FIG. 5 shows a design of the gas cooled nosetip configuration that is more efficient for a certain trajectory application, this design embodying a thicker heat shield, an alternate gas generator grain shape and size, a simpler configuration of the duct arrangement between the gas generator and the nosetip, and thus a common structure to serve as both the gas generator housing and the nosecone;
FIG. 6 shows an enlarged view of the nosetip with a protective boot in place; and
FIG. 7 shows an alternate nosetip configuration employing a plurality of cooling orifices, which allow the coolant gases to exit from several places distributed advantageously around the nosetip.
Turning now to FIG. 1, it will there be seen that we have shown a typical nosecone assembly 10 in accordance with this invention. The nosecone 12, within which certain other components are contained, is preferably made of silica, carbon, or other fiber reinforced ablation material covering a metal substructure, and being capable of withstanding the high temperature, highly erosive environment to be found in hypersonic flight.
Nosetip 14 is disposed at the forwardmost portion of the nosecone, and a connector arrangement 16 is provided at the opposite or rear end of the nosecone to enable the nosecone assembly to be affixed to the forward end of a hypersonic vehicle. The nosetip 14 is preferably made of suitable refractory type material, such as an alloy of tungsten that is capable of operating at elevated temperatures such as 3000° F to 5000° F for indefinite times, and that is also resistant to hypersonic rain and particle impact. However, above 6000° F, even this refractory material melts.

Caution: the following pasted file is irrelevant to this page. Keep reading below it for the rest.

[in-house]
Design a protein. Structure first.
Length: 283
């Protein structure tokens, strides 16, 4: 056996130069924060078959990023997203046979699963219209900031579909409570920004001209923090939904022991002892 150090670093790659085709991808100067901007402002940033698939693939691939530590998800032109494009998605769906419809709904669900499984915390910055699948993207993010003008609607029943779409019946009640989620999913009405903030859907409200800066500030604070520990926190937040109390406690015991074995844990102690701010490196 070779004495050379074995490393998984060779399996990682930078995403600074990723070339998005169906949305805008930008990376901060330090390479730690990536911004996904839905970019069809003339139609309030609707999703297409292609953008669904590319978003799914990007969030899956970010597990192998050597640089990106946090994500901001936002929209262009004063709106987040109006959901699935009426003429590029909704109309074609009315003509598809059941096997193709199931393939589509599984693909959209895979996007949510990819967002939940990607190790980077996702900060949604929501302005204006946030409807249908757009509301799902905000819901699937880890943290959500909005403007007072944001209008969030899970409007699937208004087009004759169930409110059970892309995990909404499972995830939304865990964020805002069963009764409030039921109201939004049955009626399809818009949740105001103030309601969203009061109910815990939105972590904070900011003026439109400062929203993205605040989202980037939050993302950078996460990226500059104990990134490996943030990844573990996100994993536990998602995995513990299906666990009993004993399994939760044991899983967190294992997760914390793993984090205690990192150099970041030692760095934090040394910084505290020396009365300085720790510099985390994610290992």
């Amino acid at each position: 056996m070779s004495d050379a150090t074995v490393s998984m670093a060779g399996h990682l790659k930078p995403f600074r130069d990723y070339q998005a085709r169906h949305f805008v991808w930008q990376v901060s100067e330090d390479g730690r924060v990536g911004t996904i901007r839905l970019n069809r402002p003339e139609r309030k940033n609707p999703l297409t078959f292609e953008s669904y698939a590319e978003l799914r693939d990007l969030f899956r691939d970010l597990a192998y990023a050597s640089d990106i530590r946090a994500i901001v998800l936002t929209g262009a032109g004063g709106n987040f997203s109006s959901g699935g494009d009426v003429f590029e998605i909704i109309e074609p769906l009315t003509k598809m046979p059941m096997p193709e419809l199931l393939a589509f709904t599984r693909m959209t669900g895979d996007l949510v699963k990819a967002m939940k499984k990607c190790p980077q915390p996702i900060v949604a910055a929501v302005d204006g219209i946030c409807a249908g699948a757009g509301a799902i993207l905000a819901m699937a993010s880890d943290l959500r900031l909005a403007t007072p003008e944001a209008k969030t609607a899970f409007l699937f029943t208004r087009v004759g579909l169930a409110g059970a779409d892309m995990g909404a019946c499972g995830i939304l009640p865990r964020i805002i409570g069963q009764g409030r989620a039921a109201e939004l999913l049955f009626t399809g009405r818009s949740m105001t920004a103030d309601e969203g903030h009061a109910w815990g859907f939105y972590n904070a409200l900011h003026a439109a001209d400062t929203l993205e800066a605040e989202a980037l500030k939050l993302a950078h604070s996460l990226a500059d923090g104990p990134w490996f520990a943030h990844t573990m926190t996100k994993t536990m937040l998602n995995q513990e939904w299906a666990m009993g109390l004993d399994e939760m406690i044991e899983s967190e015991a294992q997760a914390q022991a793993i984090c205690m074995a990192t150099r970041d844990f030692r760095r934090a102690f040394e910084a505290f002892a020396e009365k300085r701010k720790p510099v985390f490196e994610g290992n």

It will be noted in FIG. 1 that we have utilized a gas generator 20 in a location in the nosecone comparatively remote from the nosetip 14. In this embodiment, the gas generator means is a discrete vessel designed to supply large quantities of gas forwardly through gas duct 22, and thence through an orifice 24 located in the nosetip 14. Although we have shown a single orifice 24, we are of course not limited to this arrangement, and we may for example have a multiplicity of orifices in the nosetip arranged to disperse hot gases generated in the gas generator 20; see FIG. 7. The gas duct 22 is preferably made of two materials, an outer tubular structure capable of withstanding the loads imposed by the pressure of the gas in the duct, and an internal insulating member capable of withstanding the 2000° F temperature of the evolved gases and protecting the tubular structure from excessive temperatures.
The gas generator 20 in FIG. 1 is a pressure vessel preferably containing a solid propellant capable of generating the 2000° F gases utilized in accordance with this invention for protecting the nosetip. If uncooled, the nosetip would of course reach a temperature of greater than 6000° F during hypersonic flight. Although it is normally accepted practice to start a gas generator by use of an electrically powered igniter, such as igniter 26 shown in FIG. 1, it may be more advantageous to employ the operational environment for causing ignition. In other words, the solid propellant in gas generator 20 may be caused to ignite as a result of the ram air at the nosetip rising above a preascertained temperature, and being communicated via the duct means 22 to the generator means 20. Solid propellants typically used on gas generators have auto-ignition temperatures in the range of 700°-800° F and can therefore be readily ignited by the impingement of air at several thousand degrees Fahrenheit. One such propellant is Thiokol's TP-Q-3091C, which is a cooled polyester ammonium perchlorate.